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Tickle me Postgres: Tcl inside PostgreSQL with pl/tcl and pl/tclu

Although I really love Pl/Perl and find it the most useful language to write PostgreSQL functions in, Postgres has had (for a long time) another set of procedural languages: Pl/Tcl and Pl/TclU. The Tcl language is pronounced "tickle", so those two languages are pronounced as "pee-el-tickle" and "pee-el-tickle-you". The pl/tcl languages have been around since before any others, even pl/perl; for a long time in the early days of Postgres using pl/tclu was the only way to do things "outside of the database", such as making system calls, writing files, sending email, etc.

Sometimes people are surprised when they hear I still use Tcl. Although it's not as widely mentioned as other procedural languages, it's a very clean, easy to read, powerful language that shouldn't be overlooked. Of course, with Postgres, you have a wide variety of languages to write your functions in, including:

The nice thing about Tcl is that not only is it an easy language to write in, it's fully supported by Postgres. Only three languages are maintained inside the Postgres tree itself: Perl, Tcl, and Python. Only two of those have a trusted and untrusted version: Perl and Tcl. All procedural languages in Postgres are untrusted by default, which means they can do things like make system calls. To be a trusted language, there must be some capacity to limit what can be done by the language. With Perl, this is accomplished through the "Safe" Perl module. For Tcl, this is accomplished by having two versions of the Tcl interpreter: a normal one for pltclu and a separate one that uses the "Safe-Tcl mechanism" for pltcl.

Let's take a quick look at what a pltcl function looks like. We'll use pl/tcl to implement the common problem of "SELECT COUNT(*) is very slow" by tracking the row count using triggers as we go along. For this, we'll start with a sample table that we want to be able to find out exactly how many rows are inside of any time, without suffering the delay of COUNT(*). Here's the table definition, and a quick command to populate it with some dummy data:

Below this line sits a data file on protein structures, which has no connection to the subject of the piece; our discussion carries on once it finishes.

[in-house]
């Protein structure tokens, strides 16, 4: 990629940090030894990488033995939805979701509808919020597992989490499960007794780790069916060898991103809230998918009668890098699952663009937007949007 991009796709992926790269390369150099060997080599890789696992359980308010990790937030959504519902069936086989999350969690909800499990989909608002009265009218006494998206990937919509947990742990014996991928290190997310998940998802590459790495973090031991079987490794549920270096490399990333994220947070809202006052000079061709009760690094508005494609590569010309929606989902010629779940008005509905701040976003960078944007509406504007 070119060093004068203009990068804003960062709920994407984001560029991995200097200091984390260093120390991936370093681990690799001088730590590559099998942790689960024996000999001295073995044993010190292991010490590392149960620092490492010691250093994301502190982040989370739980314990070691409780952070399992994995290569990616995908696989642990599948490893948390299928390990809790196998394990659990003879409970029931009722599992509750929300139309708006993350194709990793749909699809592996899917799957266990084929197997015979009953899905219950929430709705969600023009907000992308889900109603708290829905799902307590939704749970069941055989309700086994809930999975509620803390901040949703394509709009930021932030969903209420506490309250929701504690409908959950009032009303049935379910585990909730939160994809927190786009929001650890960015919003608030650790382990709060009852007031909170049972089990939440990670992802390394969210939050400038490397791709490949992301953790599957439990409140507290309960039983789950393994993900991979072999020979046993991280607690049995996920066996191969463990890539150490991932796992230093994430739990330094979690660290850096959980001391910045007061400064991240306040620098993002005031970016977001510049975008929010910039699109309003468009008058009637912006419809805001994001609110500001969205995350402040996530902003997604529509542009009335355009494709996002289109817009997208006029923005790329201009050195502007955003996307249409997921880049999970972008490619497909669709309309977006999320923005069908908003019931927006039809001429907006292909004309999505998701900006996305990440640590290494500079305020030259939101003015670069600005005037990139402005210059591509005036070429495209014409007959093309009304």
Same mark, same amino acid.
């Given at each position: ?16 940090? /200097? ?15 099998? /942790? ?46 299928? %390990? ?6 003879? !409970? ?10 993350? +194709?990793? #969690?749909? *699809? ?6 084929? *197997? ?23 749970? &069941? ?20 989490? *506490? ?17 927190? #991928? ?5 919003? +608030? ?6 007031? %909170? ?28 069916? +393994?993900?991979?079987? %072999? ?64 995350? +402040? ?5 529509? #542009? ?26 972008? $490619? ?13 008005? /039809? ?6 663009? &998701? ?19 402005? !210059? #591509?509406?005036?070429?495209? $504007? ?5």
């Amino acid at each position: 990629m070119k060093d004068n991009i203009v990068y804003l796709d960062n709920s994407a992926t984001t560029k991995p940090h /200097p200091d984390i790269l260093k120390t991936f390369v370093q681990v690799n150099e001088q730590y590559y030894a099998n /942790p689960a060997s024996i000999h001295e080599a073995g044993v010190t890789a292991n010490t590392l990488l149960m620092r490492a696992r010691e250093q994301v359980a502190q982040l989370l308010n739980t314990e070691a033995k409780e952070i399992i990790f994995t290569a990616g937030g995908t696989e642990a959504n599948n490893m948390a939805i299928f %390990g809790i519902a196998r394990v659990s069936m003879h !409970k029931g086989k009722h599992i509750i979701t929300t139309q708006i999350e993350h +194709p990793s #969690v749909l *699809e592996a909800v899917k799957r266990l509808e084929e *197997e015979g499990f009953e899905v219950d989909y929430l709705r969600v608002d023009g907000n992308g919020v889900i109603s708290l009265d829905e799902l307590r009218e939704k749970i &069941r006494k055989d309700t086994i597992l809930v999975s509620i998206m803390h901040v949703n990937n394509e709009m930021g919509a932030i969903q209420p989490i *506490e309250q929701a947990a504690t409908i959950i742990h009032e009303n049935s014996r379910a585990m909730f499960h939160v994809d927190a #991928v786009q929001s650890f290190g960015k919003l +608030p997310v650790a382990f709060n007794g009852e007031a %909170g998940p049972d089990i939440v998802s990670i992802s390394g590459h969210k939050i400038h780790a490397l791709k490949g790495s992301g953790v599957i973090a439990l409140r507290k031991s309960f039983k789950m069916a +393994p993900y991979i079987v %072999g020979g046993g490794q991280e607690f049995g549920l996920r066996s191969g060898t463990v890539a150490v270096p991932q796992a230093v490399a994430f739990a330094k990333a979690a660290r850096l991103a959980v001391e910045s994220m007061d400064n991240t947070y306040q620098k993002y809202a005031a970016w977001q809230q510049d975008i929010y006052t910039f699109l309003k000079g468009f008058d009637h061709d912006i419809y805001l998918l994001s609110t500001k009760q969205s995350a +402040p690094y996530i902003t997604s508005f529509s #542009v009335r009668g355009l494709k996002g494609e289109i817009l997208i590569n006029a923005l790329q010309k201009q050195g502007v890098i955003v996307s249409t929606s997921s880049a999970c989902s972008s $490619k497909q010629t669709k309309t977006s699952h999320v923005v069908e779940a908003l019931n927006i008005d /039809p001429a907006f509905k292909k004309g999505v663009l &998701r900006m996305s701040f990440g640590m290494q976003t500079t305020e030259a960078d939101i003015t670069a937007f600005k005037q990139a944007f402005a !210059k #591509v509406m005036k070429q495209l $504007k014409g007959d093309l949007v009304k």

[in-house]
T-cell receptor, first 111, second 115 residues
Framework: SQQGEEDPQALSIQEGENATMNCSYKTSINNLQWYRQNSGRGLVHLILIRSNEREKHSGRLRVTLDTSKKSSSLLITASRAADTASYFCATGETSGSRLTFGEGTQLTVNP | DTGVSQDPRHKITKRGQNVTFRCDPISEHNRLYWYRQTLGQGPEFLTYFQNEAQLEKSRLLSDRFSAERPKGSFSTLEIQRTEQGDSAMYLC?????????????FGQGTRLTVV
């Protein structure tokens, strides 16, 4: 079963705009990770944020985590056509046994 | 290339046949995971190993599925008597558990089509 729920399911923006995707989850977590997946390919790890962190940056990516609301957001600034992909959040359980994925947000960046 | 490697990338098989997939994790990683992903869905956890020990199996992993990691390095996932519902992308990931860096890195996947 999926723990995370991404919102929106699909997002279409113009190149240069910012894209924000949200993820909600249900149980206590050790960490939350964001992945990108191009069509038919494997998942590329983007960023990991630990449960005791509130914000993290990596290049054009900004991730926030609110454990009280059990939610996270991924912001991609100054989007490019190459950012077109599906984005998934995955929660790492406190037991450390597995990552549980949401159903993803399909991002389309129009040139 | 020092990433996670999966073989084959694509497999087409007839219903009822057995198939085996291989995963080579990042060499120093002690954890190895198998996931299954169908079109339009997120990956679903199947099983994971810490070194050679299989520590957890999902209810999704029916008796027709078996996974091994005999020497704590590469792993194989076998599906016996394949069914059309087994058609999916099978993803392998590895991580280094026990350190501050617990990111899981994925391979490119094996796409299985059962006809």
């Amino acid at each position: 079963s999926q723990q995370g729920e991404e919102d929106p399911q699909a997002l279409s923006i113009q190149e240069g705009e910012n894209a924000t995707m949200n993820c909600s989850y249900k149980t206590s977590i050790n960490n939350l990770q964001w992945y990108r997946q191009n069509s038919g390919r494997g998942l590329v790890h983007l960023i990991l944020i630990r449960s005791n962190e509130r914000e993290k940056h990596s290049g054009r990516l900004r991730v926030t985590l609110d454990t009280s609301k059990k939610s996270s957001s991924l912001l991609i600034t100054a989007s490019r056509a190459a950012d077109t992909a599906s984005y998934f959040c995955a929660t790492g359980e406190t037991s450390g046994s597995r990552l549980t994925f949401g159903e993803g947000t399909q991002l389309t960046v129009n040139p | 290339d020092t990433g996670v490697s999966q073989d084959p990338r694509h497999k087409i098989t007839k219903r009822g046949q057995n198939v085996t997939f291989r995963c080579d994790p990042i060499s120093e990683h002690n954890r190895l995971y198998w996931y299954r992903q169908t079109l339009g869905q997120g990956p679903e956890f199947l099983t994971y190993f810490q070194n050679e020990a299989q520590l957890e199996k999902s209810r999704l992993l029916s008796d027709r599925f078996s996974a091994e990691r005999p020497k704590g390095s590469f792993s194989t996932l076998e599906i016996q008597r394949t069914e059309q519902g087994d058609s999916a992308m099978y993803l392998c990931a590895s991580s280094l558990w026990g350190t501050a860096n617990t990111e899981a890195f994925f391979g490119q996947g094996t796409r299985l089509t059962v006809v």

CREATE SEQUENCE customer_id_seq;

CREATE TABLE customer (
  id      INTEGER     NOT NULL DEFAULT nextval('customer_id_seq') PRIMARY KEY,
  email   TEXT            NULL,
  address TEXT            NULL,
  cdate   TIMESTAMPTZ NOT NULL DEFAULT now()
);

INSERT INTO customer (email, address)
  SELECT 'jsixpack@example.com', '123 Main Street'
  FROM generate_series(1,10000);

A quick review: we create a sequence for use by the table to populate its primary key, the 'id' column. Each customer also has an optional email and address, plus we automatically track when we create the row by using the "DEFAULT now()" trick on the 'cdate' column. Finally, we use the super handy generate_series function to populate the new table with ten thousand rows of data.

Next, we'll create a helper table that will keep track of the rows for us. We'll make it generic so that it can track any number of tables:

CREATE TABLE table_count (
  schemaname TEXT   NOT NULL,
  tablename  TEXT   NOT NULL,
  rows       BIGINT NOT NULL DEFAULT 0
);

INSERT INTO table_count(schemaname,tablename,rows)
  SELECT 'public', 'customer', count(*) FROM customer;

We also populated it with the current number of rows in customer. Of course, this will be out of date as soon as someone updates the table, so let's add our triggers. We don't want to update the table_count table on every single row change, but only at the end of each statement. To do that, we'll make a row-level trigger that stores up the changes inside a global variable, and then a statement-level trigger that uses the global variable to update the table_count table.

CREATE FUNCTION update_table_count_row()
  RETURNS TRIGGER
  SECURITY DEFINER
  VOLATILE
  LANGUAGE pltcl
AS $BC$

  ## Declare tablecount as a global variable so other functions
  ## can access our changes
  variable tablecount

  ## Set the local count of rows changed to 0
  set rows 0

  ## $TG_op indicates what type of command was just run
  ## Modify the local variable rows depending on what we just did
  switch $TG_op {
    INSERT {
      incr rows 1
    }
    UPDATE {
      ## No change in number of rows
      ## We could also leave out the ON UPDATE from the trigger below
    }
    DELETE {
      incr rows -1
    }
  }

  ## The tablecount variable will be an associative array
  ## The index will be this table's name, the value is the rows changed